San Francisco’s Panic Is Perfect are a pure pop band who pen super memorable hooks and create intricate layers of carefully composed music. Band member Mike Hoffman says, “We have a lot of multilayered arrangements in our songs, and almost everything we write features big hooks. Everything is catchy, but it’s also complex. The songs are approachable and memorable at the same time.” That’s the approach that leads to pop songs that last and stand the test of time. Panic Is Perfect is a pretty new group, with just a 2015 EP behind them, and so it’s pretty remarkable that their sound is already so fully formed. The group’s debut album, Cellspace, releases this Friday and look for big things from these guys as their songs are irresistible.
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Hailing from the chilly climes of Windsor, Ontario, the Blue Stones turn the tables on their environment by playing the hottest kind of rock. Playing as a duo gives their blues rock sound lots of punch, rather like the White Stripes in that sense. The Blues Stones’ 2012 album, How’s That Sound?, charted on Bandcamp’s best-selling list and that combined with buzzed about live shows, puts the group on a path to success for their latest album, Black Holes, which releases this April. Today we are sharing the first single for that upcoming album, charging hard rock number “The Hard Part”.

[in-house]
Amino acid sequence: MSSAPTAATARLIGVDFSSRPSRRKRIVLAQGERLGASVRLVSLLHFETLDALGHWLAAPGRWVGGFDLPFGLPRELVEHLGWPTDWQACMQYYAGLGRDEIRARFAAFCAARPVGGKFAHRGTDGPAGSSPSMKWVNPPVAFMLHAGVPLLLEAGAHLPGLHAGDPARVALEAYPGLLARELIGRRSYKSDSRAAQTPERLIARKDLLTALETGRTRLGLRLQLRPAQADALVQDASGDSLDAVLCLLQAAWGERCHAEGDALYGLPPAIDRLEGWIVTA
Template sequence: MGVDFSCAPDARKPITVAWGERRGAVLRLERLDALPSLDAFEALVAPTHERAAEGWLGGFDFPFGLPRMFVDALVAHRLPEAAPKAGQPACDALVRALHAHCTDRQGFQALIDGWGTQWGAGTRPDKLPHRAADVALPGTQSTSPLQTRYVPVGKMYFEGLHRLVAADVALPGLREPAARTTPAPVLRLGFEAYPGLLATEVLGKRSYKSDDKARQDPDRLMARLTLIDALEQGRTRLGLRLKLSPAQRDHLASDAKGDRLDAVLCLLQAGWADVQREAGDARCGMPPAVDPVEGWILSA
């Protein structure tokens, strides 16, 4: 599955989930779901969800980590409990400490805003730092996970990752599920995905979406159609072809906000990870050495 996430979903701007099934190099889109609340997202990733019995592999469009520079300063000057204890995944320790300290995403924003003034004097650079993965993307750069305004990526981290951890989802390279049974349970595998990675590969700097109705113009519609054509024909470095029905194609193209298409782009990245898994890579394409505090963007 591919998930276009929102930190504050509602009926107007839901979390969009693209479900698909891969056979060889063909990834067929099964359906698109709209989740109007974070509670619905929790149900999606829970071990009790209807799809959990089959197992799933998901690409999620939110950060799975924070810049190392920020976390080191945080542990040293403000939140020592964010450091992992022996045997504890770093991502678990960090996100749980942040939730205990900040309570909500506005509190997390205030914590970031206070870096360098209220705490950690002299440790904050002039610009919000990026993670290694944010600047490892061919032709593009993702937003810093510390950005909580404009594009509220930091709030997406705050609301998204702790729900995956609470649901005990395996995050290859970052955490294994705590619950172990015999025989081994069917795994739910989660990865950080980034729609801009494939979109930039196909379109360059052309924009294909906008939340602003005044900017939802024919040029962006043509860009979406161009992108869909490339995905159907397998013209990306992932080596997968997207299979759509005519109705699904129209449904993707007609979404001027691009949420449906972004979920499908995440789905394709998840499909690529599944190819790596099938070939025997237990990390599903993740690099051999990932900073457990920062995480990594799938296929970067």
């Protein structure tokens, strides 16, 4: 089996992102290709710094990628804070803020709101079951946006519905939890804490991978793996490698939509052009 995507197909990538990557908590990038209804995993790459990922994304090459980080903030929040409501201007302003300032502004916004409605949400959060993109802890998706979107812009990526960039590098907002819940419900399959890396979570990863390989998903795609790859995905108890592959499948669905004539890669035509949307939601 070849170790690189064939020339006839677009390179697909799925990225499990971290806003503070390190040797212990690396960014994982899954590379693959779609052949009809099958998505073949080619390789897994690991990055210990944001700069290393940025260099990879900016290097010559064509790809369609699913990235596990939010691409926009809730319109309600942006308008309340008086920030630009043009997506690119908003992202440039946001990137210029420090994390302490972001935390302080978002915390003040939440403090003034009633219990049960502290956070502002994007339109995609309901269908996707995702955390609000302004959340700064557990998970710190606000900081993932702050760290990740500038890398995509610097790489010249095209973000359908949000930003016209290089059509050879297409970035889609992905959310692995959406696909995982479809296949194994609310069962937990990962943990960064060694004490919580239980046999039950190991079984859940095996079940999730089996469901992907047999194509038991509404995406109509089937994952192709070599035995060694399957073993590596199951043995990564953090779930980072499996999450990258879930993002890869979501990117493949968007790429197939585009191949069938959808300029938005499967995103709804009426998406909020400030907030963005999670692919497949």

I’m looking for more video games that explore ambiguity in their realities and representation. This may seem like a counter-intuitive ambition in a medium in which artists frequently strive for photorealism. Yet beyond recreation, I want more games that challenge and thus grow my imagination. Let me explain.
The greatest worth of video games—as a human endeavor—may be their potential to nurture our imaginations. This is a familiar argument but different proponents seem to assert different things. Let’s first examine a popular version of the argument, and then unpack a second version that may be more interesting.
Chad Miller: Maybe it’s just the fact that the song has fossil in the name, but Ash Koosha really knows how to put a visual in the mind. Prehistoric scenes flash through the brain as this song plays out. He creates an interesting paradox by employing the lifeless electronic beats to act as the plentifully noisy bugs of the time, adding an interesting air to the piece. A distorted melody soon takes over once the introduction has set, adding the impression of chaos to the piece. I’ve heard music that’s meant to take you back to a simpler time. Never like this though. [7/10]
// Channel Surfing
"In another stand-alone episode, there's a lot of teen drama and some surprises, but not much potential.READ the article